Choosing the right university or course is a stressful process, and sometimes, later down the road, we realize that perhaps what we chose was not quite the right fit for us.

So, what can you do about it?

According to The Guardian, students at UK higher education institutions may soon find it easier to change their course or university, thanks to the Higher Education and Research bill.

One part of the highly-controversial bill, which is currently being mulled over by parliament, aims to help students who are unhappy with their courses or institution, as well as to encourage student mobility and competition among institutions.

Currently, students are allowed to change their university, but it involves a long, complicated process where students must contact their university of choice or apply through UCAS. They must also inform the Student Loans Company so that their tuition payments can be transferred to the new institution.

In the latest figures shared by the Higher Education Statistics Agency, less than 7,000 students changed to another university in 2013-14 out of around 400,000 UK undergraduates.

The government recently published a “call for evidence” report assessing how often students change their university or course, as well as looking into whether it would be a good idea to make the process more straightforward.

The call for evidence stated: “Students who are concerned they are not receiving value for money may decide ultimately to switch to a provider that better fits their needs.”

Admissions officers have also suggested that students often decide to change their university or course due to personal reasons, such as those who need to move back home to save money or even to look after a relative.

Bulgarian student Hristina Davidova, 20, shared with The Guardian why she made the switch. According to Davidova, she was unhappy with her course in events management at the University of West London and was looking for more exams and intensive teaching.

She finally chose to change to business with human resources at Middlesex University and was pleased with the move, adding: “I have more friends now, I have first-class marks in everything, and I’m involved in the student union.”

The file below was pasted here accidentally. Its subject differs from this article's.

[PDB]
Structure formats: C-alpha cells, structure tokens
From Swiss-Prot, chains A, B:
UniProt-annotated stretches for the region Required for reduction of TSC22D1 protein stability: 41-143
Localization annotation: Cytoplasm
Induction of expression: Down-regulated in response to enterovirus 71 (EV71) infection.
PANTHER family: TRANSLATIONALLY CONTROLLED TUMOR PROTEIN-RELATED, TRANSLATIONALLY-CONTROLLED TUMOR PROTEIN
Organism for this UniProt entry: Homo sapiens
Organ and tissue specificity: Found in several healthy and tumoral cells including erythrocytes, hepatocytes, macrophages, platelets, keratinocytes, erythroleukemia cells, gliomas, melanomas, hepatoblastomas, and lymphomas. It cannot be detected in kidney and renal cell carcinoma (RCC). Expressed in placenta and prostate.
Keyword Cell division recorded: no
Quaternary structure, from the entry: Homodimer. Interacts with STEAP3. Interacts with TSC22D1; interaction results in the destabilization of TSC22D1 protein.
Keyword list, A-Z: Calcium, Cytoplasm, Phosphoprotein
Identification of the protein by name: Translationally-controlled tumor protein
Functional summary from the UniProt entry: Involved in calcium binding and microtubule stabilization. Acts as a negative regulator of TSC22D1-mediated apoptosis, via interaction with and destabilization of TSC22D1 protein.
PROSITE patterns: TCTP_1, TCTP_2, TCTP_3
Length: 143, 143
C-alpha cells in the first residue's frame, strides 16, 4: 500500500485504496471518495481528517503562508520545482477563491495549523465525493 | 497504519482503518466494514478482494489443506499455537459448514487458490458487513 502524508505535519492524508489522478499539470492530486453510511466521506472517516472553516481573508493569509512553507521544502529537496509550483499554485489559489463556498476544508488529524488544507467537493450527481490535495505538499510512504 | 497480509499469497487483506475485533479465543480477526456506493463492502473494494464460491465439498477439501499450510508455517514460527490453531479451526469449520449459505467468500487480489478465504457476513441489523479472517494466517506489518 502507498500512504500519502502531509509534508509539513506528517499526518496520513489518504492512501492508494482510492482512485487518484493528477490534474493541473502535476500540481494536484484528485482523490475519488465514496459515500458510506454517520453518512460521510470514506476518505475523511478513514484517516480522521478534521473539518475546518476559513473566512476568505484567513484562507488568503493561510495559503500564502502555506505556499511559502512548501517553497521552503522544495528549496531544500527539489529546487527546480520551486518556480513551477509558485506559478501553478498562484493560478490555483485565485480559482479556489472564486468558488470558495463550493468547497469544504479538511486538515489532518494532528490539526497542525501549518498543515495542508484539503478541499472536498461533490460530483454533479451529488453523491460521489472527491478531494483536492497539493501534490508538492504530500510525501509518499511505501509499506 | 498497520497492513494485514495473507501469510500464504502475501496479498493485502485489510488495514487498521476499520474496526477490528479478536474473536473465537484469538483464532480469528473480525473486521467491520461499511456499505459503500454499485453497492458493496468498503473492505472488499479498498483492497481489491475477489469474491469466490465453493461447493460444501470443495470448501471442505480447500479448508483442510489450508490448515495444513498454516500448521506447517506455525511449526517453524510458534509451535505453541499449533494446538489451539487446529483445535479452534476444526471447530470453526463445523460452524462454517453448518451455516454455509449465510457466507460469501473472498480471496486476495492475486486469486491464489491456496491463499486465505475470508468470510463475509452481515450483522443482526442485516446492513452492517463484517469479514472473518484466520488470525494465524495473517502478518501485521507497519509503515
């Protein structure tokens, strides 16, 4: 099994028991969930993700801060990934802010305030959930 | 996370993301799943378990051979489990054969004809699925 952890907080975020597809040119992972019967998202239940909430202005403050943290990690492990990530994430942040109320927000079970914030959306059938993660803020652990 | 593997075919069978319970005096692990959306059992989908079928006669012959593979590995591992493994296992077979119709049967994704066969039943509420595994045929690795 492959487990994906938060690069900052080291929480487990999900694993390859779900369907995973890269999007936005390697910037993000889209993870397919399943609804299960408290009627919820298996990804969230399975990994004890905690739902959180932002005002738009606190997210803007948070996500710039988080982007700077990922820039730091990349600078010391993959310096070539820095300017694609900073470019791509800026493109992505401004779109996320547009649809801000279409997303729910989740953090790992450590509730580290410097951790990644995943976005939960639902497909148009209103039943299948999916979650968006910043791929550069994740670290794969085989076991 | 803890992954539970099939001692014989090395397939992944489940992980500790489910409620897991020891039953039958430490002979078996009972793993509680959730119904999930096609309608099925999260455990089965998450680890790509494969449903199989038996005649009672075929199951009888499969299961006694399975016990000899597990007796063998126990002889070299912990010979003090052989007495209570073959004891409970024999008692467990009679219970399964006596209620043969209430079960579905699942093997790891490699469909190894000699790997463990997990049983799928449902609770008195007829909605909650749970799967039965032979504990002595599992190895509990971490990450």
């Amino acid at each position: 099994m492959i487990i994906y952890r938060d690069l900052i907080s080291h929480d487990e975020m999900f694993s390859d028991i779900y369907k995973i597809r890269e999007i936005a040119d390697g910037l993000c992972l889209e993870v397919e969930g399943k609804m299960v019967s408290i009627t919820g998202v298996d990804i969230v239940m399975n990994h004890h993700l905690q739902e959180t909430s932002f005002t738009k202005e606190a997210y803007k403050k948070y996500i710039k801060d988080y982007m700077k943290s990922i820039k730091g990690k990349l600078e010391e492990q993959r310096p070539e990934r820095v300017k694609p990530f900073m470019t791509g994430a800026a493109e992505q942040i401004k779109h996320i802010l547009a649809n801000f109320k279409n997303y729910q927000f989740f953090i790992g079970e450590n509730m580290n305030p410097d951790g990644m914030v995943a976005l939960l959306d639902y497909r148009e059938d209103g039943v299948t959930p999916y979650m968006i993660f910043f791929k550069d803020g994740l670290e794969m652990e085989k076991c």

Experts have also weighed in: Emran Mian, a former director of strategy at the Department for Business, Innovation and Skills, said that he expected the practice of switching universities to become more common, particularly in urban areas with a higher density of nearby alternatives, which students may find convenient so they won’t have to uproot their lives in terms of accommodation, part-time jobs, or social circle.

He added that with the removal of the student admissions cap, institutions could now increase their student intake, and it would be less risky for universities to take on students who have already gone through their first year.

“This is also in a context where some universities will see a lot of pressure on international student numbers in the context of Brexit, and will be thinking about where to get extra growth and whether that will come from a neighboring university,” said Mian.

Nick Hillman, director of the Higher Education Policy Institute (HEPI), said that making it easier to change was “probably a good thing”, especially if it meant fewer students dropping out of university altogether.

However, some suggested that a focus on getting students to make the right choice in the first place was probably better.

Janet Graham, director of Supporting Professionalism in Admissions, said that for the most part, students would prefer to stay at their chosen university, which was why she would like to see more emphasis on guiding students in the selection process.

“My personal view is that if you have committed to a particular course, unless something dramatic happens in your personal circumstances, you usually want to complete, because change is quite an upheaval,” she explained.

Image via Wikimedia Commons

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